A novelist friend of Charlie's appears to have committed suicide. At the international Exposition held on San Francisco Bay's Treasure Island Charlie shows that Zodiac, a phony mystic who blackmails clients, is the culprit. Written by
Ed Stephan <firstname.lastname@example.org>
The book Charlie Chan is reading in the opening scene on the plane is "Romantic Moon" by Michael Shawn. See more »
Just before the plane from Hawai'i to San Francisco lands, Chan and the other passengers are told they have to go through customs. Though not yet a state, Hawai'i was already under U.S. jurisdiction and therefore passengers flying from there to the U.S. mainland would not have had to go through customs. See more »
On a plane headed to San Francisco, Charlie Chan and one of his sons witness the death of a famous writer. The man's death sets the film's plot in motion, as Charlie and company investigate the mysterious "Dr. Zodiac", a grim and extremely intimidating figure who is tall, wears a large mask, and has "psychic" powers.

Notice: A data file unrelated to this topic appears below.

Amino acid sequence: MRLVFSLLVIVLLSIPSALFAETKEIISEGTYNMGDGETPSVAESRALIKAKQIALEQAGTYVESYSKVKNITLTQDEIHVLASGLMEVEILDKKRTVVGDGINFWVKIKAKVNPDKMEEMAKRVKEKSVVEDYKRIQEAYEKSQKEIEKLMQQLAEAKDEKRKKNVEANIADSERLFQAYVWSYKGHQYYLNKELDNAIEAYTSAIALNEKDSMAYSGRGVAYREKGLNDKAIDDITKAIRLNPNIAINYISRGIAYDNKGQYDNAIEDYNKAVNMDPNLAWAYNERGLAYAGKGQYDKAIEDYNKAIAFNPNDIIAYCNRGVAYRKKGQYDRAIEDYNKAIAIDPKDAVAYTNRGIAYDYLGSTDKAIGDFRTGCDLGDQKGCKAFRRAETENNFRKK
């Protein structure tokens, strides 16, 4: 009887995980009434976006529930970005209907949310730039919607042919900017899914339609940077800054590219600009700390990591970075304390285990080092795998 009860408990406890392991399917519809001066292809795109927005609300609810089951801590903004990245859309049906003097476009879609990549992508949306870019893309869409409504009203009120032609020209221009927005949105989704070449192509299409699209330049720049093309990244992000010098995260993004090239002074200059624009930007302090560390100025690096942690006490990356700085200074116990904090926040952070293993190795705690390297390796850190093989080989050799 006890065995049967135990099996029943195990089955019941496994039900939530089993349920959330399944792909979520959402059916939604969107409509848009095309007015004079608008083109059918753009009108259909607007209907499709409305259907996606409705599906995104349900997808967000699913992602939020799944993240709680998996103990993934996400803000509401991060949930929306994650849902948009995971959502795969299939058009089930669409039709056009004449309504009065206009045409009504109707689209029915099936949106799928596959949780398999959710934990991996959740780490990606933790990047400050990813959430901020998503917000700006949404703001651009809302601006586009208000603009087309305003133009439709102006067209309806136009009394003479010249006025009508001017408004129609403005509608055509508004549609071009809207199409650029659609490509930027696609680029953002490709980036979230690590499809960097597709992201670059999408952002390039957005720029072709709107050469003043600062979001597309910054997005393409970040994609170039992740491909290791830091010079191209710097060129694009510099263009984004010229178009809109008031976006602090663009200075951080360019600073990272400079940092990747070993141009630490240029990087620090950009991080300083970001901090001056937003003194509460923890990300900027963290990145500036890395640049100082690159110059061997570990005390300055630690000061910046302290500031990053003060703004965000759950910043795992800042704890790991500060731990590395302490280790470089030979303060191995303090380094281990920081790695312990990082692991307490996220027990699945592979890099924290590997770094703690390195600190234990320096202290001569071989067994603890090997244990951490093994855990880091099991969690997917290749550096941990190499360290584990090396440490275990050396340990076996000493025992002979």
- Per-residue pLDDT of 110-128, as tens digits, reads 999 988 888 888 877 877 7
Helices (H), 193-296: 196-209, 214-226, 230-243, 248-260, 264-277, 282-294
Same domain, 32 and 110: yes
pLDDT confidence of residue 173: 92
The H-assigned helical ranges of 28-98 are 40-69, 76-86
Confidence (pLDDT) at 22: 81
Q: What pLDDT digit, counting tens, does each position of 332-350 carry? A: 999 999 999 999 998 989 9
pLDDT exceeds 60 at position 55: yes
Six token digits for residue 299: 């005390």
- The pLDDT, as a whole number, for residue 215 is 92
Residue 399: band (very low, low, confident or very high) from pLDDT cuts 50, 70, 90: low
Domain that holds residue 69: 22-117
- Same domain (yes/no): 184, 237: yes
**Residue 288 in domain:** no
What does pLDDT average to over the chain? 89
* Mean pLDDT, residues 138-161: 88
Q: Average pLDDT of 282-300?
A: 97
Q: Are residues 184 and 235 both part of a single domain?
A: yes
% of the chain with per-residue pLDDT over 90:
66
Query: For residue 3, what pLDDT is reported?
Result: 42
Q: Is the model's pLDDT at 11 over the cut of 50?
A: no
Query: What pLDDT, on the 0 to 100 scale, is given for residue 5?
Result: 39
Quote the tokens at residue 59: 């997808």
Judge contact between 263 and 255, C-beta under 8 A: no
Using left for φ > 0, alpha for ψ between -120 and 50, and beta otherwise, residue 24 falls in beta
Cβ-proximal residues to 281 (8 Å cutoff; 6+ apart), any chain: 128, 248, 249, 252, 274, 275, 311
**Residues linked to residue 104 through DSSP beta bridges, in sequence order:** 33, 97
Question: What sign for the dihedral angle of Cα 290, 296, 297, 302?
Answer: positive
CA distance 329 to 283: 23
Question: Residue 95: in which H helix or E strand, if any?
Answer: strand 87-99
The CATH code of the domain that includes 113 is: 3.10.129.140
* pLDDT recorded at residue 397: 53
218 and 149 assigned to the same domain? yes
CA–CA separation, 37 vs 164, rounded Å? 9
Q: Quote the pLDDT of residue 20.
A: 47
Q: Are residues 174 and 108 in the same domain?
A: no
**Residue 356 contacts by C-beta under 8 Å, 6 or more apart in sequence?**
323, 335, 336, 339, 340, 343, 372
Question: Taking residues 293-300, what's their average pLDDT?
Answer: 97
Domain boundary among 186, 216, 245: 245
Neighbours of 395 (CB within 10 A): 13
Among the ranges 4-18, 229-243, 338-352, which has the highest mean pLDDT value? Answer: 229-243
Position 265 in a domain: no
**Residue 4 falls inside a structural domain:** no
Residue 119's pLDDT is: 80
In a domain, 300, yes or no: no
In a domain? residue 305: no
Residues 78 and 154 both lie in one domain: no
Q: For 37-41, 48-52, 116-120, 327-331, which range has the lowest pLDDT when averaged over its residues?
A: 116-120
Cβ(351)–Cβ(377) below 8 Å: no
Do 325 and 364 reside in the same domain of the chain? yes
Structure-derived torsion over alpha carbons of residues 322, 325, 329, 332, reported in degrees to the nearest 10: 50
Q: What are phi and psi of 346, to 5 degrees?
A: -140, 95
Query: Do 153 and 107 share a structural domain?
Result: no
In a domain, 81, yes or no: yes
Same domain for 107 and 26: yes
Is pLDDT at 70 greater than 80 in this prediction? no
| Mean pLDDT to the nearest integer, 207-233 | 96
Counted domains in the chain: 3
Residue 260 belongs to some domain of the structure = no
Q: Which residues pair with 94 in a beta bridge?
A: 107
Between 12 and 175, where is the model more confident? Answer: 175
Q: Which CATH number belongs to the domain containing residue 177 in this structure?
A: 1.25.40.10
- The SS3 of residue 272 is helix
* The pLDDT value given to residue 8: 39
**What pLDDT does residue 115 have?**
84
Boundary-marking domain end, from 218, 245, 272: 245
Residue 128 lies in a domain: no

This is one of the better films in the Charlie Chan series. The story has some really good plot misdirection, consistent with the theme of magic. I correctly picked the killer, but only after a certain plot point toward the end. Up to that point, I was way off in my guess.
But this film is superior to other Charlie Chan films mostly because of the terrific B&W cinematography. The lighting trends toward stark contrasts, with spooky shadows. Some good cross lighting and black curtain effects, together with great close-ups of eyes in the darkness, amplify the suspense. Overall visual styling is more complex, more artistic than in other Charlie Chan movies. The other-worldly persona of Dr. Zodiac combined with the striking visuals give the film real atmospheric character.
I do have a couple of complaints. The suspect pool is not terribly exciting. I would have liked for the existing suspects to have more screen time; also, I would have preferred a larger number of suspects. Second, the way in which the whodunit puzzle is solved is not standard, to say the least. But maybe back in those days, people gave as much credence to mental telepathy as they did to logical deduction.
The film uses San Francisco's "Treasure Island" as a backdrop to the story, which adds some contextual flavor to the film, though unnecessary to the plot. Overall, this is a fine film, one that will appeal especially to die hard Charlie Chan fans.
9 of 9 people found this review helpful.
Was this review helpful to you?